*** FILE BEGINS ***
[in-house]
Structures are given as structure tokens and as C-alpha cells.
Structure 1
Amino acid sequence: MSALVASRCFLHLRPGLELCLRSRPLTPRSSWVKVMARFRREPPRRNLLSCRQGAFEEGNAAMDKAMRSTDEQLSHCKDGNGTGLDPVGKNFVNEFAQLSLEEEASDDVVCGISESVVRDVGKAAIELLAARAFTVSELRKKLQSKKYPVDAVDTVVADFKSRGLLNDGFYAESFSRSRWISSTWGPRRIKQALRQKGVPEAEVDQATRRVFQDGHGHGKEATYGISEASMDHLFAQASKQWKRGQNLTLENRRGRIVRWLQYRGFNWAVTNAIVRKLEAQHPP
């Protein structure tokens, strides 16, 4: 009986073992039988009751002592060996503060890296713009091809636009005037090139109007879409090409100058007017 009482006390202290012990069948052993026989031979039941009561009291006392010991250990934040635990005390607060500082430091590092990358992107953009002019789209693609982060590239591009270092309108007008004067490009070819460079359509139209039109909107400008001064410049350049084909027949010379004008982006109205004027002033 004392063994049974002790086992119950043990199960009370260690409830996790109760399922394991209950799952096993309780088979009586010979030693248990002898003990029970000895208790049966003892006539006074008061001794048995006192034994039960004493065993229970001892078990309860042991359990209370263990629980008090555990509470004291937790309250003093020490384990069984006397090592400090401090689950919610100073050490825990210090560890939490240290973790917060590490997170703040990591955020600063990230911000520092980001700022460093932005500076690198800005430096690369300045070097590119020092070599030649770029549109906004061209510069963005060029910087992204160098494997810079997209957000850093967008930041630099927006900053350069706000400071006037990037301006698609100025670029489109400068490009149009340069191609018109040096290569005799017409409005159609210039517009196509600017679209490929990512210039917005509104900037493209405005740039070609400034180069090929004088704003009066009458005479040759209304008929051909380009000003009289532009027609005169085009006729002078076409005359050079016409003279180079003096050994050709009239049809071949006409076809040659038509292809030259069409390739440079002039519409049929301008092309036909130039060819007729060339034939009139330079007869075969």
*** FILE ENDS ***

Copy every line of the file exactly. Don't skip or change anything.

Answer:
[in-house]
Structures are given as structure tokens and as C-alpha cells.
Structure 1
Amino acid sequence: MSALVASRCFLHLRPGLELCLRSRPLTPRSSWVKVMARFRREPPRRNLLSCRQGAFEEGNAAMDKAMRSTDEQLSHCKDGNGTGLDPVGKNFVNEFAQLSLEEEASDDVVCGISESVVRDVGKAAIELLAARAFTVSELRKKLQSKKYPVDAVDTVVADFKSRGLLNDGFYAESFSRSRWISSTWGPRRIKQALRQKGVPEAEVDQATRRVFQDGHGHGKEATYGISEASMDHLFAQASKQWKRGQNLTLENRRGRIVRWLQYRGFNWAVTNAIVRKLEAQHPP
């Protein structure tokens, strides 16, 4: 009986073992039988009751002592060996503060890296713009091809636009005037090139109007879409090409100058007017 009482006390202290012990069948052993026989031979039941009561009291006392010991250990934040635990005390607060500082430091590092990358992107953009002019789209693609982060590239591009270092309108007008004067490009070819460079359509139209039109909107400008001064410049350049084909027949010379004008982006109205004027002033 004392063994049974002790086992119950043990199960009370260690409830996790109760399922394991209950799952096993309780088979009586010979030693248990002898003990029970000895208790049966003892006539006074008061001794048995006192034994039960004493065993229970001892078990309860042991359990209370263990629980008090555990509470004291937790309250003093020490384990069984006397090592400090401090689950919610100073050490825990210090560890939490240290973790917060590490997170703040990591955020600063990230911000520092980001700022460093932005500076690198800005430096690369300045070097590119020092070599030649770029549109906004061209510069963005060029910087992204160098494997810079997209957000850093967008930041630099927006900053350069706000400071006037990037301006698609100025670029489109400068490009149009340069191609018109040096290569005799017409409005159609210039517009196509600017679209490929990512210039917005509104900037493209405005740039070609400034180069090929004088704003009066009458005479040759209304008929051909380009000003009289532009027609005169085009006729002078076409005359050079016409003279180079003096050994050709009239049809071949006409076809040659038509292809030259069409390739440079002039519409049929301008092309036909130039060819007729060339034939009139330079007869075969």